Boardwalk Empire - First episode reviewed
Review by Jack Foley
DUSTIN Hoffman has, for weeks, been extolling the virtue of great storytelling as he lends his mesmerising voice and welcome face to the promotions for Sky TV’s new Atlantic channel.
Now that Sky Atlantic is finally upon us, you have to admit he has a point. At a time when TV seems over-populated by soap opera melodrama or reality TV, you have to look elsewhere for the very finest drama and this new channel has clearly set itself up as THE definitive place to go.
As such, its choice of opening programme was a clear statement of intent: the Golden Globe winning gangster drama Boardwalk Empire.
Written by Terence Winter, of The Sopranos fame, and directed by Martin Scorsese, the show aims to provide an epic insight into the rise of organised crime in Prohibition-era Atlantic City.
It stars Steve Buscemi as Enoch ‘Nucky’ Thompson, a corrupt county treasurer who aims to use the alcohol ban to further his own profit-making enterprises (which extend to gambling and, when time permits, having people killed).
But it’s populated by colourful characters, from Stephen Graham’s Al Capone to Michael Stuhlbarg’s Arnold Rothstein, as well as Michael Pitt’s impetuous war veteran James ‘Jimmy’ Darmody, Kelly Macdonald’s abused mother Margaret and Michael Shannon’s no-nonsense Agent Nelson Van Alden.
All combined to make the first 90 minutes of this 12-part endeavour a deeply impressive affair… and one that launched the Sky Atlantic channel in exemplary fashion.
There are few better choices to direct a sweeping gangster epic than Scorsese, however, and his rich cinematic eye, coupled with his reverential genre knowledge, was plain for all to see from the opening moments.
The first shot, for instance, saw the captain of a boat awaiting several smaller vessels to appear from out of the mist – a nod to the opening of his own recent Shutter Island perhaps? While the subsequent hijacking that took place in the woods may also have been a tip of the hat to Sopranos territory, and in particular an episode that Buscemi had directed.
The grand, blood-soaked finale, meanwhile, saw a couple of brutal killings played out to an emotive piece of music in a clear homage to the Godfather series.
But Scorsese still managed to imbue proceedings with his own style, too, from the sweeping shots of Atlantic City and its various neon-lit night-time establishments (a la Goodfellas) to the fast-talking dealings and hot-headed inclinations of several of its proponents.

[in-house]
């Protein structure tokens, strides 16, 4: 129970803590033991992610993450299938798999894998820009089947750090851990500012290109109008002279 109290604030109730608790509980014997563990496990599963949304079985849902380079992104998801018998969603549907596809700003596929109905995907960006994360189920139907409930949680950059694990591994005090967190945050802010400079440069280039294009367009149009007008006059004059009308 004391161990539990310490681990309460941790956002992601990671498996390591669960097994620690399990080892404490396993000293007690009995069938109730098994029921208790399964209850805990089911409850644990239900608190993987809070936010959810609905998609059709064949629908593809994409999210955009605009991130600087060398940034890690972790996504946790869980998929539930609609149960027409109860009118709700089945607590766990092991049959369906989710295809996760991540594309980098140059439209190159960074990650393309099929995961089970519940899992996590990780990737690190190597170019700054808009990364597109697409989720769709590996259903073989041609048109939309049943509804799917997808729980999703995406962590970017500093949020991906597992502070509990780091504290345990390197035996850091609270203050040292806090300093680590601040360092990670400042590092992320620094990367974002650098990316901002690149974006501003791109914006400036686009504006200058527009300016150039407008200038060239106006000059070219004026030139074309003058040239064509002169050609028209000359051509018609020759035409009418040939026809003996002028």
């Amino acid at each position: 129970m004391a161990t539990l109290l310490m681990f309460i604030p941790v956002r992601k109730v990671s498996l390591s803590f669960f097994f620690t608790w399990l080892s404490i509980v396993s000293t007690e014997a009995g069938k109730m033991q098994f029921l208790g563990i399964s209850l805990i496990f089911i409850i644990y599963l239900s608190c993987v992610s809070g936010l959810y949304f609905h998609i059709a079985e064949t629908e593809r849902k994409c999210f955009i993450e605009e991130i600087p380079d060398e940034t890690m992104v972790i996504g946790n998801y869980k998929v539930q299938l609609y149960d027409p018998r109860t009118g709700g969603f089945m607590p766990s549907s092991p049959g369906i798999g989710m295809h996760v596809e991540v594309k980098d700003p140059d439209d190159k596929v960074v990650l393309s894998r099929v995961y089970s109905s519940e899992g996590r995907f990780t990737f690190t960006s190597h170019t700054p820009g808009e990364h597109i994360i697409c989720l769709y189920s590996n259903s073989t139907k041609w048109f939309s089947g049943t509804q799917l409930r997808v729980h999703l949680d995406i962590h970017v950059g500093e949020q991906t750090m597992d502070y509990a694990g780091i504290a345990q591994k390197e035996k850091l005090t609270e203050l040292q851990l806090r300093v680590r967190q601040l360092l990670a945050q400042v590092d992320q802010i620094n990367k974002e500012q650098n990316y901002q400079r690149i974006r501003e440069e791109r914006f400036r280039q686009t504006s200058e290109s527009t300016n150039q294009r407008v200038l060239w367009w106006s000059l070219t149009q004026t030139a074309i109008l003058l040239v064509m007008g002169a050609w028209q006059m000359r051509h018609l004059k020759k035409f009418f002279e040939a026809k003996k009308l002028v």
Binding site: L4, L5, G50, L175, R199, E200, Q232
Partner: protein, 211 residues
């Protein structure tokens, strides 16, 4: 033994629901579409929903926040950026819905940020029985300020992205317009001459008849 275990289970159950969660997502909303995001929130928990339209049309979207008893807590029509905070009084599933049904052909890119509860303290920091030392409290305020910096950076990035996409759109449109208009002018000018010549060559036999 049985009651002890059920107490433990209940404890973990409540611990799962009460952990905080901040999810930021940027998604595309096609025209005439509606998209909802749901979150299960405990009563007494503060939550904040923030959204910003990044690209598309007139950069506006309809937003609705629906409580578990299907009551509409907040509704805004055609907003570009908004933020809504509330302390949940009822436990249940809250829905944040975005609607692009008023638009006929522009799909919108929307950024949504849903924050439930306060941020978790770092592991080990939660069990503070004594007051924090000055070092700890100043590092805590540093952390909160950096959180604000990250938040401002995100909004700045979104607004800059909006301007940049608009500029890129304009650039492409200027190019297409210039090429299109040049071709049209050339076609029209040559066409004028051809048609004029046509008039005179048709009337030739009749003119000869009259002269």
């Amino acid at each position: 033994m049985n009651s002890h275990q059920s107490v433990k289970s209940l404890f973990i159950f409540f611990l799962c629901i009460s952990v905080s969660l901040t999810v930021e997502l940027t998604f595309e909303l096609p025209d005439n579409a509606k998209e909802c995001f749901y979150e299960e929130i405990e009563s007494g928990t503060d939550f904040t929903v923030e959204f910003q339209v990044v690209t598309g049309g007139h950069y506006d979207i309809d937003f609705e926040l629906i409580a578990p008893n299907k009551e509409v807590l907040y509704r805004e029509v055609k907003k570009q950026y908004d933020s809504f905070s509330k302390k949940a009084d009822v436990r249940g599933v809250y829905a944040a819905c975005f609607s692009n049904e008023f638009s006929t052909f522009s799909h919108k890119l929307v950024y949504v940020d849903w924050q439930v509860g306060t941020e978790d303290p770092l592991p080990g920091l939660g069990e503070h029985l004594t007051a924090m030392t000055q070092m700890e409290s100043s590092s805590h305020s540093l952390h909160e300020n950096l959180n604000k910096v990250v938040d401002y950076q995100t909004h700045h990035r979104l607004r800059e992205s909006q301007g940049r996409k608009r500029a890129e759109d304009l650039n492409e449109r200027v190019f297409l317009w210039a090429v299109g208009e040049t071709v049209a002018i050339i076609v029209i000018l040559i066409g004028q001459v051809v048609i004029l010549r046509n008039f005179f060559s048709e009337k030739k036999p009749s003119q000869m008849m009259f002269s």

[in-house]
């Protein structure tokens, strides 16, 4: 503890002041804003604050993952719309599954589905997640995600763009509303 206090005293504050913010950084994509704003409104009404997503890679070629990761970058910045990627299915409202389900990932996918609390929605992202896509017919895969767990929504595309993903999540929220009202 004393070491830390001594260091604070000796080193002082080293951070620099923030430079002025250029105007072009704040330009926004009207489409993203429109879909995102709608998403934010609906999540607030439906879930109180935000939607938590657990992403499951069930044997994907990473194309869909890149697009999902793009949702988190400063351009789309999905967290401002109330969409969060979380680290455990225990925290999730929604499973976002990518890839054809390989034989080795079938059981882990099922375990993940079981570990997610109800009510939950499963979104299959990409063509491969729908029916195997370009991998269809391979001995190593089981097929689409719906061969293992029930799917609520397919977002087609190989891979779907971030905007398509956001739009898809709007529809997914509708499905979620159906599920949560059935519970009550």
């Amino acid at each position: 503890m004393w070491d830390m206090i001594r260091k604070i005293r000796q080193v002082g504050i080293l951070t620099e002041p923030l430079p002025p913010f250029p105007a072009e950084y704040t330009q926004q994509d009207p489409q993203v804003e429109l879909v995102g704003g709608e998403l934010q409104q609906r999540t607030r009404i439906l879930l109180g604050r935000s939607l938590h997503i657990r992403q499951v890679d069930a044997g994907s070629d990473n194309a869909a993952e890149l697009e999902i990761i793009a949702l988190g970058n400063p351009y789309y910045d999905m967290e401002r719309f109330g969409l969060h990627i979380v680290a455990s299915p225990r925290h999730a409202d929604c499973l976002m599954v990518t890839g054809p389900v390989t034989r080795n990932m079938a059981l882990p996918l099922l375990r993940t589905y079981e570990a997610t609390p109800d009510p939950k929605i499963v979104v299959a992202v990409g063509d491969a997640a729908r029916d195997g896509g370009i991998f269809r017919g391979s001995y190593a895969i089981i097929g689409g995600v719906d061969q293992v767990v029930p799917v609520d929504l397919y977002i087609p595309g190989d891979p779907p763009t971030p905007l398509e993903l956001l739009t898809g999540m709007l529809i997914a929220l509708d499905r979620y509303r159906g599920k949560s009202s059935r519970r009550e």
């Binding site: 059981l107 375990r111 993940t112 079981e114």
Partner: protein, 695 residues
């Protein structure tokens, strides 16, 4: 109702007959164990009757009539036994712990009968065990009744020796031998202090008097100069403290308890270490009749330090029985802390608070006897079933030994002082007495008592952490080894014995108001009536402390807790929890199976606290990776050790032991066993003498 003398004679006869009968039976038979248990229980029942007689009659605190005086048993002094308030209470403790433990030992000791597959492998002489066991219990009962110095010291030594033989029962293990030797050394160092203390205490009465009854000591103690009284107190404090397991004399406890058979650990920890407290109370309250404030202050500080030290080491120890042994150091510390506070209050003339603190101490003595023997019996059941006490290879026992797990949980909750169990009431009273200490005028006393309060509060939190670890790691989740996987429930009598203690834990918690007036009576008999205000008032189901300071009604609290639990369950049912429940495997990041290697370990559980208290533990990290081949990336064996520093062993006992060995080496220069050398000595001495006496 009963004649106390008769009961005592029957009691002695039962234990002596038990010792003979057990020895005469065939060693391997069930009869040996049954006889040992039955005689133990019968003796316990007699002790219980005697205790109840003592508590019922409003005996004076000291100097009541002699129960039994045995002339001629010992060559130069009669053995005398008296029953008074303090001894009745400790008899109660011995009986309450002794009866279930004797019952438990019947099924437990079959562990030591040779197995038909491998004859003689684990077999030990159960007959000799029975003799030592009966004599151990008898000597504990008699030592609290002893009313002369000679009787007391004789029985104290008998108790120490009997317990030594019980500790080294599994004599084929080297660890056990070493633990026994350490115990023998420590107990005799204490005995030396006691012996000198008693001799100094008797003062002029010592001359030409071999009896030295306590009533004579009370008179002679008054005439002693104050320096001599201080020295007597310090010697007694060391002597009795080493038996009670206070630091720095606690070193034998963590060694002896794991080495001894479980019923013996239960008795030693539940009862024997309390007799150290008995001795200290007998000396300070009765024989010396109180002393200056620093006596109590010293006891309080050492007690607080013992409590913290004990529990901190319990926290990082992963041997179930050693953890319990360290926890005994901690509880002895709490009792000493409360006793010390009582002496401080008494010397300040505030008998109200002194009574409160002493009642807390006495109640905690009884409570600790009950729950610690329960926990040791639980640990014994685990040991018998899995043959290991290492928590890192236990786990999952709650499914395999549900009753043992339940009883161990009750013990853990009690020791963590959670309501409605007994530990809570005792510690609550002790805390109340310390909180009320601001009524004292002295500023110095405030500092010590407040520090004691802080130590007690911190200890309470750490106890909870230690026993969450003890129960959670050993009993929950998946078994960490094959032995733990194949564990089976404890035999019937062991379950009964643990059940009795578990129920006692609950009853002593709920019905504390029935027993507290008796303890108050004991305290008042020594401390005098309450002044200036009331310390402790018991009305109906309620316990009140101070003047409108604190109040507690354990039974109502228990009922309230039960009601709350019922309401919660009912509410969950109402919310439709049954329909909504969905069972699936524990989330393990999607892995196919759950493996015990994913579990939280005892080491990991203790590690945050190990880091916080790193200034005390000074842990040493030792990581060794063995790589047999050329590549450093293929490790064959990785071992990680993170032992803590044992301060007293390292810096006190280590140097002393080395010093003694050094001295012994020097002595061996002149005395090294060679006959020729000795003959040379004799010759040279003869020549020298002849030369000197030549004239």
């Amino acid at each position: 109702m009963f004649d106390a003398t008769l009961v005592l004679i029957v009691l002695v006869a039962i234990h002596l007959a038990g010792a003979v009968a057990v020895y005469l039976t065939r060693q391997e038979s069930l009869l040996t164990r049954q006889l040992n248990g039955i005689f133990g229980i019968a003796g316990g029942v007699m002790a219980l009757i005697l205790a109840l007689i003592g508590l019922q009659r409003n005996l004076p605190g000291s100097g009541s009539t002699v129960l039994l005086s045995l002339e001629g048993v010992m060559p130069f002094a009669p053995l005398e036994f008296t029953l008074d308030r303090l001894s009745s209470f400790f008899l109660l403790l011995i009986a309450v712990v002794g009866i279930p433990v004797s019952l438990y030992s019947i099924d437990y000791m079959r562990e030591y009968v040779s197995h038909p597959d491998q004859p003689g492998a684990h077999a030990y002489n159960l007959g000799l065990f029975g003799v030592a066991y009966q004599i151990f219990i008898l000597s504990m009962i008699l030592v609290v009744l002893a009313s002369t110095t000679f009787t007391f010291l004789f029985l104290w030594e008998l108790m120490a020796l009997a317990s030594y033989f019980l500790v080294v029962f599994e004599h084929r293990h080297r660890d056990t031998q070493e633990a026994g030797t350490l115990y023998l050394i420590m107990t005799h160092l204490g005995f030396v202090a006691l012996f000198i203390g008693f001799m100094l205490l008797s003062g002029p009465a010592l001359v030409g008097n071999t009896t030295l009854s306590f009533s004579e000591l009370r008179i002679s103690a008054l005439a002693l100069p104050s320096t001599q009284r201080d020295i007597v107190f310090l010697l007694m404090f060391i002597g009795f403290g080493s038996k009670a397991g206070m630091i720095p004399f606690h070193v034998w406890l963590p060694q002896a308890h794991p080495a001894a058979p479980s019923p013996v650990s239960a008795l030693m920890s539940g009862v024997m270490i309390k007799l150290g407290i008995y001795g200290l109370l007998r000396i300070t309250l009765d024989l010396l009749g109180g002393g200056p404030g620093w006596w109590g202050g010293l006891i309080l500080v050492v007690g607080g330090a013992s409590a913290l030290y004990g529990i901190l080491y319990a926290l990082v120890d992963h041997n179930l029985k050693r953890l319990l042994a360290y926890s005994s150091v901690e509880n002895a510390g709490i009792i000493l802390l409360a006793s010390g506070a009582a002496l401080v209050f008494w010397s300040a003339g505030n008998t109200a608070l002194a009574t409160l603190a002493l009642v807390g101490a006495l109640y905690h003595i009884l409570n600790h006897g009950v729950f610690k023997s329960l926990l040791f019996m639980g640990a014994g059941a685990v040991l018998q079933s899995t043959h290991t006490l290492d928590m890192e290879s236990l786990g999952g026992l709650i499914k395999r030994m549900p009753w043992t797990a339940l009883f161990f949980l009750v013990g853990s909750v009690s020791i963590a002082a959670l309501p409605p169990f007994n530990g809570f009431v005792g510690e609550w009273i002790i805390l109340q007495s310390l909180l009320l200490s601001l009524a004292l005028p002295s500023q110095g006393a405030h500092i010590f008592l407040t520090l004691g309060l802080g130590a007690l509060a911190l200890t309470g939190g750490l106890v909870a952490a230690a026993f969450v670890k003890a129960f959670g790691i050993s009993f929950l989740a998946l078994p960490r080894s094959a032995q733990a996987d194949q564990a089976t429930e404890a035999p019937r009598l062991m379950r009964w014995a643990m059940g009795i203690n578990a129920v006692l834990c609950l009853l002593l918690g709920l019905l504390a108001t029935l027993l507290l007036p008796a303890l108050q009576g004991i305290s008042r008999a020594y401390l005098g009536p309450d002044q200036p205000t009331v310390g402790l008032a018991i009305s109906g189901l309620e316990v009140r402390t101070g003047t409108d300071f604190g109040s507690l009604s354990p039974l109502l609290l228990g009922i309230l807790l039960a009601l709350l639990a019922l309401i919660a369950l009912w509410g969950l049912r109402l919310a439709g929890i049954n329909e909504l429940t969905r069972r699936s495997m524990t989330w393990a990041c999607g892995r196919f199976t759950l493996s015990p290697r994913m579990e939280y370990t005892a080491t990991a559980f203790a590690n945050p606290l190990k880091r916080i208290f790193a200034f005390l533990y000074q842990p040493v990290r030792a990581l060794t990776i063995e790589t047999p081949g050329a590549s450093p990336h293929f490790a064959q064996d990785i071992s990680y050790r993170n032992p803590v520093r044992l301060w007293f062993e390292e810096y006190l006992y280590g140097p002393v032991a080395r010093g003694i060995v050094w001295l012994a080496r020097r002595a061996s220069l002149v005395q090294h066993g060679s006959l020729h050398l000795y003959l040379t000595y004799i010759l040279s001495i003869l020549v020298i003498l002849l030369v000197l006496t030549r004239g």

Admittedly, it took time to really find its narrative thrust (given the plethora of characters that needed introducing) but come the final half an hour you couldn’t fail to be anything other than gripped.
Buscemi has already established himself as wily, charismatic leading man – a corrupt individual who would appear to be ready to sell just about anyone down the river for the right price, who belatedly showed compassion (to Macdonald’s mother) and even regret (at his decision making), or even paternal instincts in his dealings with Pitt’s Jimmy.
Pitt, meanwhile, combines the brash energy of a young man on the climb with the haunted look of a war veteran who has already seen and done too much. And is it any coincidence that in appearance he boasts plenty of similarities with Scorsese’s leading man of choice, Leonardo Di Caprio?
Macdonald has yet to grow into her role of the victimised Margaret, while Shannon’s agent is biding his time on the sidelines. But both would appear to be intriguing characters in waiting.
Graham, meanwhile, revelled in his role as the charismatic but violent Capone, while Stuhlbarg (who recently shone in the Coen brothers’ A Serious Man) was a suitably calculated Rothstein, whose calm temperament and icy business demeanour was nicely offset by the hot-headed impetuousness of Vincent Piazza’s Lucky Luciano.
As with much of Scorsese’s work, the violence was shocking when it did arrive but in keeping with the time and those who dealt it. Winter’s script, meanwhile, was as complex and occasionally witty as we’ve come to expect… but never more so than during a fantastic meeting of crime bosses at which the various players really got to introduce themselves.
Much has been made in early US reviews that the opening episode of Boardwalk Empire fell short of the quality of The Sopranos, while still being strong in its own right. And while this would appear to be a legitimate appraisal, it still says something for the overall quality of this HBO drama that it still stands head and shoulders above most shows.
And with the promise of even better to come, you can’t help but feel we’re about to be spoiled rotten by this already fantastic new show. Congrats, too, to Sky Atlantic for ensuring that its much heralded launch was as stylish and high quality as we’d come to hope.
Boardwalk Empire aired on Sky Atlantic on Tuesday, February 1, at 9pm and continues on Wednesday at the same time. Go to Sky Channel 108 for more information.